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House and Holmes

So, funny story. I did a quick search for something to cite to verify my claim that House is based on Sherlock Holmes. I started—as you do—with Wikipedia, figuring that I'd trace the references there to something more dependable.

It turns out that Wikipedia cites me. Or, more specifically, an article I wrote about a million years ago for I figure that means I don't have to cite anyone on this topic. If you want to save time, you can just assume that I'm right and go back to the main article.

Still here? Fine. Here's some evidence.

Both are famed for their ability to draw conclusions by observing details that most others miss.

House's address is 221B.

The pilot episode features a patient with the surname "Adler."

In the season 2 finale, House is nearly killed by a patient named Moriarty.

Both men struggle with substance abuse disorder—particularly when in between interesting cases.

Both are accomplished musicians—Holmes plays the violin, while House prefers the piano.

Perhaps my favorite in-show Sherlock Holmes reference takes place in the season 5 episode "Joy to the World". There Dr. Watson Wilson has presented House with a rare first edition of A Manual of the Operations of Surgery by Dr. Joseph Bell.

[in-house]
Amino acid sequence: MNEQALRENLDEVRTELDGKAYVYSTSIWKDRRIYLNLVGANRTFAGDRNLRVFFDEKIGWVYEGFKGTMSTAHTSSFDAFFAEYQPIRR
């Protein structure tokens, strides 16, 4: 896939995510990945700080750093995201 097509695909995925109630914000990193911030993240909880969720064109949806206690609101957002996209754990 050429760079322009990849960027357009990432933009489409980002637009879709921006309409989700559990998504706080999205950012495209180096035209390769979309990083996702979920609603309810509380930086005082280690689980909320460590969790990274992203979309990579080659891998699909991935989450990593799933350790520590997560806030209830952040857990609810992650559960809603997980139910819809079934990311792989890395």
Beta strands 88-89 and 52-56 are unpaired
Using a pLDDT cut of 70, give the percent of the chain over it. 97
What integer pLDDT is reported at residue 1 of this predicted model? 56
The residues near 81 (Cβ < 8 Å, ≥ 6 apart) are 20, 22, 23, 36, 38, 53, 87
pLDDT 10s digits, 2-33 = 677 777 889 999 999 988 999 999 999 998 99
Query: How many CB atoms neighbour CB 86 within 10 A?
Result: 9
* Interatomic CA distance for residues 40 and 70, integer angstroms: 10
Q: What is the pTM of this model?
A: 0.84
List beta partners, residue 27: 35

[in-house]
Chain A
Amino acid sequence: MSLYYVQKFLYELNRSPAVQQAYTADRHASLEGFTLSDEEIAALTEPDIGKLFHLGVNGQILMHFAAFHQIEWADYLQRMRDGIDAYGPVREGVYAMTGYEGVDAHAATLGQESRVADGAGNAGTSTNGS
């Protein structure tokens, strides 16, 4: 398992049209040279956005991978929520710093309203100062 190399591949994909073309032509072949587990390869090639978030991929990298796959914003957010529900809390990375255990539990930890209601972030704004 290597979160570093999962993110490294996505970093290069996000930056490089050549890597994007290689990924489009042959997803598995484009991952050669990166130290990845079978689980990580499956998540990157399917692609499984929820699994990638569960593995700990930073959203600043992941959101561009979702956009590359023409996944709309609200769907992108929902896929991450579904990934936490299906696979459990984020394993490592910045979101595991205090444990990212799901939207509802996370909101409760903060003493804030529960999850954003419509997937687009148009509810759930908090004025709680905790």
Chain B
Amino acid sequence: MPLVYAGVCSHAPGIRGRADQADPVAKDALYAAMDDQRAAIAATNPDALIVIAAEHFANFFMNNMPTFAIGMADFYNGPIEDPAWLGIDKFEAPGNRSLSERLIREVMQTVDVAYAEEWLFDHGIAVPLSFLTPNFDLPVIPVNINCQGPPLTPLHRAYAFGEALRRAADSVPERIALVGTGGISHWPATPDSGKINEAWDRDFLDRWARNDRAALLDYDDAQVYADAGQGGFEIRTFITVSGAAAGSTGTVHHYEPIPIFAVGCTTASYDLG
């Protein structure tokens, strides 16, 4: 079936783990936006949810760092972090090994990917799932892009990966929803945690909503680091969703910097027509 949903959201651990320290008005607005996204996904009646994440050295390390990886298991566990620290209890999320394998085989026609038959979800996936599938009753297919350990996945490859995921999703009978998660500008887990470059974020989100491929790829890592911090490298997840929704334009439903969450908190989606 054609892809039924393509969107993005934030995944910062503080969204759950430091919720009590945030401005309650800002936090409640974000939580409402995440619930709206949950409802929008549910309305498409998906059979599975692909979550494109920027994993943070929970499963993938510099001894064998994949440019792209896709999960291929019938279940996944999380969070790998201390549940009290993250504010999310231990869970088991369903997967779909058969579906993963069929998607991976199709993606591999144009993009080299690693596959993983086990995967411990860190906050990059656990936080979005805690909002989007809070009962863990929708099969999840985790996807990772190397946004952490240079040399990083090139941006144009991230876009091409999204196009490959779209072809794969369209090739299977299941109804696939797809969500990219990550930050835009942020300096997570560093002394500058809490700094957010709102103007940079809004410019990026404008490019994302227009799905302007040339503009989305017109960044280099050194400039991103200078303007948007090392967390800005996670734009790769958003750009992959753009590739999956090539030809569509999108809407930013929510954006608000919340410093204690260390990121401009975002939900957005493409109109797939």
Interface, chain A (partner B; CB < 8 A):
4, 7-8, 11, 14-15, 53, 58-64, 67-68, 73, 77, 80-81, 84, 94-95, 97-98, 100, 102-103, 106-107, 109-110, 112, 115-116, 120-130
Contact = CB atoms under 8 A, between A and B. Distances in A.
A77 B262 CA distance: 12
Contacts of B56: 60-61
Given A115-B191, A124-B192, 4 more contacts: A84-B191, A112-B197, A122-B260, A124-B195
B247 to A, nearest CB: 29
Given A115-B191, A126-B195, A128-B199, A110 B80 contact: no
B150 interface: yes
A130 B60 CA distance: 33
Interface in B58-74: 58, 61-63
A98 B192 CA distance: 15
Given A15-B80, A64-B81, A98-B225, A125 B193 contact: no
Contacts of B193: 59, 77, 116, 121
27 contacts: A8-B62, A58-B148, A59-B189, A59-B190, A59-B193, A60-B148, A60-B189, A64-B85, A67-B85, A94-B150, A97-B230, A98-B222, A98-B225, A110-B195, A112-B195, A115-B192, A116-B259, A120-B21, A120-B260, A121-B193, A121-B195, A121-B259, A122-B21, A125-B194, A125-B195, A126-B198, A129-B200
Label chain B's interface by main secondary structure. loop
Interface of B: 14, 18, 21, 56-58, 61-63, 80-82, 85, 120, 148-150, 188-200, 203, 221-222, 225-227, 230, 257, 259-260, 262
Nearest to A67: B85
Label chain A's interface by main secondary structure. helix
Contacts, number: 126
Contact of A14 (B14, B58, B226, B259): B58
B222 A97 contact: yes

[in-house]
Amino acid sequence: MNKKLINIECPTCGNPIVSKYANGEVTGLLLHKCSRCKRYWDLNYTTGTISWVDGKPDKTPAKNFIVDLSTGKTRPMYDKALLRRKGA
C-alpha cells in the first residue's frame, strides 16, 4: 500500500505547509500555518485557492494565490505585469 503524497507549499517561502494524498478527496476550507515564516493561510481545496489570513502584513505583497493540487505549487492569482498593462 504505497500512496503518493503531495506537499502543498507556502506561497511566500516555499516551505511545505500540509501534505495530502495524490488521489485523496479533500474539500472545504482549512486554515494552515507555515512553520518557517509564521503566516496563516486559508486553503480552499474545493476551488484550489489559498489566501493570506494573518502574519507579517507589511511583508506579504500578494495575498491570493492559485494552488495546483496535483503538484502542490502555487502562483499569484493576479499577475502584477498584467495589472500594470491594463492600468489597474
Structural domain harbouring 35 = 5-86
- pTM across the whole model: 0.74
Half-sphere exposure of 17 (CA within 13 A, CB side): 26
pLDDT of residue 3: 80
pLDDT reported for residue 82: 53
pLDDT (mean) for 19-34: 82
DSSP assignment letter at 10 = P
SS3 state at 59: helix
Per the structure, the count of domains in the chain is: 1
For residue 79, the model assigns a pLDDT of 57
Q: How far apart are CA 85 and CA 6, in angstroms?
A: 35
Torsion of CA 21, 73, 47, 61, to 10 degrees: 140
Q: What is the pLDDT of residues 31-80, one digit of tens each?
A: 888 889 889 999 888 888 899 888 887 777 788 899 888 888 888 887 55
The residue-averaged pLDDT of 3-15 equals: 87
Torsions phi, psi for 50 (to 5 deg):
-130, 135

Bell was a (real) Scottish physician who practiced in the late Victorian era. And Bell was himself famous for his inductive reasoning—specifically, his ability to draw conclusions about things like people's hometown, current residence and profession by observing details such as accents, the color of mud on their boots and their calluses. On several occasions, Bell deployed his reasoning skills to assist in police investigations, becoming one of the early pioneers of forensic science.

Bell's ability impressed his medical students, including one who would later abandon medicine in favor of a writing career.

Sir Arthur Conan Doyle would mail copies of each Holmes story to Bell, the mentor whose abilities he transferred to his most famous literary creation.

The creators of House completed the circle, returning Holmes to the profession of inspiration, while also providing a delightful Easter egg for fans.

Referenced in

On Metaphors

I’m a sucker for a good metaphor. They’re one of the key tools in philosophy. They’re a central feature in my favorite Sherlock Holmes adaptation. And I’ve used them All. Over. The. Place. in this project.